CONVENTIONAL SURGICAL STRATEGY. Surgical strat-egy and the type of surgical treatment depend on thetype of the annular rupture (Table 2). In general, repairof the lesion and aortic valve replacement are per-formed. Removal of the TAVR prosthesis and excisionof the native aortic valve are standard parts of thisrepair (1,2,4–7,21,25,27). Additionally, pacemaker im-plantation and/or an intra-aortic balloon pump aresometimes necessary. Alternative (13,21,24) or bailouttreatments, such as placing a second transcathetervalve to seal an annular tear for isolated rupture of theannulus or to close a VSD (4,7,23), may not always besuccessful and are generally not recommended (4).

    ISOLATED PERICARDIAL DRAINAGE. Pericardialdrainage and observation are applied in patients withmild pericardial effusion, aortic wall hematoma, orwall thickening (1,2,4,5,7,13). Some survive withoutsequelae (2,13), but the definitive outcomes duringfollow-up remain uncertain (2,4).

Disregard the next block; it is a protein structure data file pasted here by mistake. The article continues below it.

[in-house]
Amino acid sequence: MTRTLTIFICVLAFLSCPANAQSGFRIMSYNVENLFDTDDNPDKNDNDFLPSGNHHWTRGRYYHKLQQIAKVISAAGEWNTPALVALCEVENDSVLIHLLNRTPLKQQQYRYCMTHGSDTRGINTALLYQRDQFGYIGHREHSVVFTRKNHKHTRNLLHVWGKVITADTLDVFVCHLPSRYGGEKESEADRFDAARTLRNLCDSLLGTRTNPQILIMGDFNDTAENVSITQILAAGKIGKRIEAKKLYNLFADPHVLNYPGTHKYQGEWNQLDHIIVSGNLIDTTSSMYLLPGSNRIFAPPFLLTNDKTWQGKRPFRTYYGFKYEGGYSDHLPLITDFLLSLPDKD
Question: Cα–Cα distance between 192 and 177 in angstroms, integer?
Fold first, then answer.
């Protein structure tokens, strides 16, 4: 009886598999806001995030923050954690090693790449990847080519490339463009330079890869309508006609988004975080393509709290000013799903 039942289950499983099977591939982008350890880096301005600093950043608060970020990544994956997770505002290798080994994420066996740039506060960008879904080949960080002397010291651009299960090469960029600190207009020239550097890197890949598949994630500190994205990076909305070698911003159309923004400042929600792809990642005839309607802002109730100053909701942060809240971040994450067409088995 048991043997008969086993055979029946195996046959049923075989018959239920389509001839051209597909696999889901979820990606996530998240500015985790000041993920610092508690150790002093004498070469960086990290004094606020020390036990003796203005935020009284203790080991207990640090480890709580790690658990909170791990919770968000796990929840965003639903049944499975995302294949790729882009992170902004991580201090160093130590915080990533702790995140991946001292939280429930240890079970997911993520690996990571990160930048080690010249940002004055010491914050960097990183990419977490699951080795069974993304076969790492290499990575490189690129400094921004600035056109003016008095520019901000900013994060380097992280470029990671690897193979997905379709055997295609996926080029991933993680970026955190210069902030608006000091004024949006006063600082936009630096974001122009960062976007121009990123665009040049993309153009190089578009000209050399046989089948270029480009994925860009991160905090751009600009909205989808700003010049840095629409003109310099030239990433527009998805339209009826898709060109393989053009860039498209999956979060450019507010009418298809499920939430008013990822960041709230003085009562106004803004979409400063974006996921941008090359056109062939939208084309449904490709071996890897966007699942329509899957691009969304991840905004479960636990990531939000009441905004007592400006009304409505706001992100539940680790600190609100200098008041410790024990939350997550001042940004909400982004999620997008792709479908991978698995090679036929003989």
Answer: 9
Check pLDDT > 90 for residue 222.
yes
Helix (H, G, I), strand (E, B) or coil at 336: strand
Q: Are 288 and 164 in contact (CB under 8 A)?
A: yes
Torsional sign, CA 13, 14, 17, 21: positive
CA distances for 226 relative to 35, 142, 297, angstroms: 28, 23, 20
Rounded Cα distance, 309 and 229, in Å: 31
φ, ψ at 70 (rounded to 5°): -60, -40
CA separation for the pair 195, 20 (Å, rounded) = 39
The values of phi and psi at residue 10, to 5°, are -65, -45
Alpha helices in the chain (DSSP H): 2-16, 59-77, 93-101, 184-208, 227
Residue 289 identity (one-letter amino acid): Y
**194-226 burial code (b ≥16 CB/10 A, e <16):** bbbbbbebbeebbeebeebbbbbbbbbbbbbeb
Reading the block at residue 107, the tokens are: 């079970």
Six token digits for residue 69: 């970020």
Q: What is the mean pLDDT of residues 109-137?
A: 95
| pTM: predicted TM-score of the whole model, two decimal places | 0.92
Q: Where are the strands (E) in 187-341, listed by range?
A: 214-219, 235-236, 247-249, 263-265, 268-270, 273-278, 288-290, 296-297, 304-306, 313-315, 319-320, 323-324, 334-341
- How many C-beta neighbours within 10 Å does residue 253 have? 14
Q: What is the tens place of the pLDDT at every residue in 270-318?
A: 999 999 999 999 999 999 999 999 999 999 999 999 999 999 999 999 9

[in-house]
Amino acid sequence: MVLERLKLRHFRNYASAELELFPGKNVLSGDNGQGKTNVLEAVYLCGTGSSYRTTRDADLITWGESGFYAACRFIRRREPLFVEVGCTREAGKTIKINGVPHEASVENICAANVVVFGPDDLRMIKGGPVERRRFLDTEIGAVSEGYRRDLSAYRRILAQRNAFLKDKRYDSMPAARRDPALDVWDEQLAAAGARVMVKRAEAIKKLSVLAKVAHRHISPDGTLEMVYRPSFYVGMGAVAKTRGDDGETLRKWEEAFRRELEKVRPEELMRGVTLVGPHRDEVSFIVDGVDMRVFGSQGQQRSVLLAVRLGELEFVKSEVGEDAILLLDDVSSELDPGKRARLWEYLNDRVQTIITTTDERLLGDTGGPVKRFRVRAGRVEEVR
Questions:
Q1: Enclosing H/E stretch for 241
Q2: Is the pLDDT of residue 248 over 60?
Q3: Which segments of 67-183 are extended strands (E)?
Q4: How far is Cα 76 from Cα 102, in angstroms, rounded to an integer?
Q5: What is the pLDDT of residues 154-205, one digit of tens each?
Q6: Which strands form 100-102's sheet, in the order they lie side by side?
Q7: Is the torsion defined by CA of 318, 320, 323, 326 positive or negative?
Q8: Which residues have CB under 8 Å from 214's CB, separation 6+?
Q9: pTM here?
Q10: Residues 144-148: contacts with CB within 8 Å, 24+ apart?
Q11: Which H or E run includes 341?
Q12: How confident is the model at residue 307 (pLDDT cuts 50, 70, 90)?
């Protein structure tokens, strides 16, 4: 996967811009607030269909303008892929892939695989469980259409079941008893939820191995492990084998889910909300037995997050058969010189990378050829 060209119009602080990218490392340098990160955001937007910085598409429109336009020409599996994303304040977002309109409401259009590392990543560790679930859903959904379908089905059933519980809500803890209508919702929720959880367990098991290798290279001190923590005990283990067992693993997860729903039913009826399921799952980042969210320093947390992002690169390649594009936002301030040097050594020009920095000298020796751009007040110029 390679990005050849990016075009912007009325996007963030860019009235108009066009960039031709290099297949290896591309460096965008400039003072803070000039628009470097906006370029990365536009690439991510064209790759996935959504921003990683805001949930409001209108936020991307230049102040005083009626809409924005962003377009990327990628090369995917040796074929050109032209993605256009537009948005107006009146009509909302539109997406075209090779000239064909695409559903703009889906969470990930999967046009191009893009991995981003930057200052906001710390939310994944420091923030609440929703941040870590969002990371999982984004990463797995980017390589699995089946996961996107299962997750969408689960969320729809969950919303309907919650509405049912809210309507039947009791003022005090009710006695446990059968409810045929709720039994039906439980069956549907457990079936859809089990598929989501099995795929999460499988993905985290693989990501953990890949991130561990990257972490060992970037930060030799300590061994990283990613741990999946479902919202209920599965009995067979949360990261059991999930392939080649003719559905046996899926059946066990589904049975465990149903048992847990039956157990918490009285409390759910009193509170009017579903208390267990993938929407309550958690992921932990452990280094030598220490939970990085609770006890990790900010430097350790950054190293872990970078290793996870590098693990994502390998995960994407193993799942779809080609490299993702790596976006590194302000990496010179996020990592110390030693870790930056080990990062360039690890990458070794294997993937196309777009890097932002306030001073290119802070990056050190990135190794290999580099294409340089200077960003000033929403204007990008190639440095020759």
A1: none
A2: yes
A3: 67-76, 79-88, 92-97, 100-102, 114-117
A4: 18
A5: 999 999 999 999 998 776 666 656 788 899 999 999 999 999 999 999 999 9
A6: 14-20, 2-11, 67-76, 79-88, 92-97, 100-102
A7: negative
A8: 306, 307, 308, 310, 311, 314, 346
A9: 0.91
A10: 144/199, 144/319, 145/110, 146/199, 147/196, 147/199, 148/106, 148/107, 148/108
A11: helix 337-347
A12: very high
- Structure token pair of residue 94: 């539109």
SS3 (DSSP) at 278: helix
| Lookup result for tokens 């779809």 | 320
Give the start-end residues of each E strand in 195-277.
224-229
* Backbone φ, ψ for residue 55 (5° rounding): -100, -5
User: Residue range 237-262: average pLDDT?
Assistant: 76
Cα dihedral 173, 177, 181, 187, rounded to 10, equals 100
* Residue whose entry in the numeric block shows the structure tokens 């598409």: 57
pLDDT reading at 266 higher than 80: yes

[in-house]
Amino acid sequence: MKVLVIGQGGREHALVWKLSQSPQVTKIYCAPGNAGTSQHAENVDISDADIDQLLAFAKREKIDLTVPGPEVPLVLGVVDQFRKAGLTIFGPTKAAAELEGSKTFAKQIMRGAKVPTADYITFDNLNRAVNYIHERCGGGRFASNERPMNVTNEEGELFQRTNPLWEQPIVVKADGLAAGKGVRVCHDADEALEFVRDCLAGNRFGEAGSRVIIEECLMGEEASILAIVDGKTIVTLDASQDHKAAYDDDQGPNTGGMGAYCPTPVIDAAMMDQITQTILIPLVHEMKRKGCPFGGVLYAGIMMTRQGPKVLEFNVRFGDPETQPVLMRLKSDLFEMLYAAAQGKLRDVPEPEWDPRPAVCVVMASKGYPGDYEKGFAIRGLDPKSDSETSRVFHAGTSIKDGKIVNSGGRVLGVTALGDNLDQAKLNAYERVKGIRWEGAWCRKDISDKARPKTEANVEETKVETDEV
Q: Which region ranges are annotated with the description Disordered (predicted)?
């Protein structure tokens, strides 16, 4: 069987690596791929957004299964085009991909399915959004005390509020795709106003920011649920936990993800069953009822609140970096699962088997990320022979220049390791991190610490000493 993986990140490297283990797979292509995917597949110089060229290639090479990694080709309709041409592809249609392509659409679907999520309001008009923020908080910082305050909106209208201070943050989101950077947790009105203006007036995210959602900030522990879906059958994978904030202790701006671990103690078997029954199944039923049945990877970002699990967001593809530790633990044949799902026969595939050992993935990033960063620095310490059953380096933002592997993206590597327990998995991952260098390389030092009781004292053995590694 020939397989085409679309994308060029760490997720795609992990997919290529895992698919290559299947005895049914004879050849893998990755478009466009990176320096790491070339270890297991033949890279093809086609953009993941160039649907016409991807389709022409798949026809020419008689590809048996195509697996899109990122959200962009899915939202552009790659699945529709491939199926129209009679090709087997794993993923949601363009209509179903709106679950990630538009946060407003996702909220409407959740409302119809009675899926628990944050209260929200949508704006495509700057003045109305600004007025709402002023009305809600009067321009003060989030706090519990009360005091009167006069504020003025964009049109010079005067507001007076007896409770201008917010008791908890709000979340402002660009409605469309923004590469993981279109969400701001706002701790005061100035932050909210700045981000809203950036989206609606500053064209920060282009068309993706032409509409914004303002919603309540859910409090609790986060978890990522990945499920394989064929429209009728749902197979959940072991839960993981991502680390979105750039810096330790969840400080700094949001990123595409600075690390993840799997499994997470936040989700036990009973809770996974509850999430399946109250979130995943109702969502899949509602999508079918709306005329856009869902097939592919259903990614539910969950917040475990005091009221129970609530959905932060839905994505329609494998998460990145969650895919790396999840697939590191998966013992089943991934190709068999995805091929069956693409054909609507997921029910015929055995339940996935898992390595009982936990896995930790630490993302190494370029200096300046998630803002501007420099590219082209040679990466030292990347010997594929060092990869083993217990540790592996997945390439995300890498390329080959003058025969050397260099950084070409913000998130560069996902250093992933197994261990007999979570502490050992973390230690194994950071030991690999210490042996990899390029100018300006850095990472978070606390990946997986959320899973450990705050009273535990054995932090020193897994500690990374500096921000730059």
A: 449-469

CONSERVATIVE STRATEGY. Conservative therapy,including optimization of the coagulation status,is possible for small injuries in patients withoutany clinical signs of rupture or in patients withaortic wall hematoma without pericardial effusion(1,2,6,7,22,25,26). Close surveillance with repeatedcomputed tomography examinations is prudent

  • TABLE 2 Surgical Treatment According to the Type of Annular Rupture

    Type of Rupture Treatment

    1. Intra-annular Repair* of the lesion þ AVR2. Subannular

    a. Injury of the free myocardial wall Reconstruction of the LVOT from inside theLVOT with a pericardial patch usingtransaortic approach† þ AVR

    b. Injury of the anterior mitral leaflet Repair with a pericardial patch � MVR‡ þ AVRc. Injury of the interventricular septum Repair* þ AVR

    3. Supra-annular

    a. Injury of the wall of sinus of Valsalva Repair* of the lesion þ AVR or compositevalved graft

    b. Injury of a coronary ostium Composite valved graft or repair of the lesion þAVR � stenting of a coronary ostium/CABG

    c. Injury of the sinotubular junction Repair* of the lesion � AVR or supracoronaryaortic tube graft replacement � AVR

    4. Combined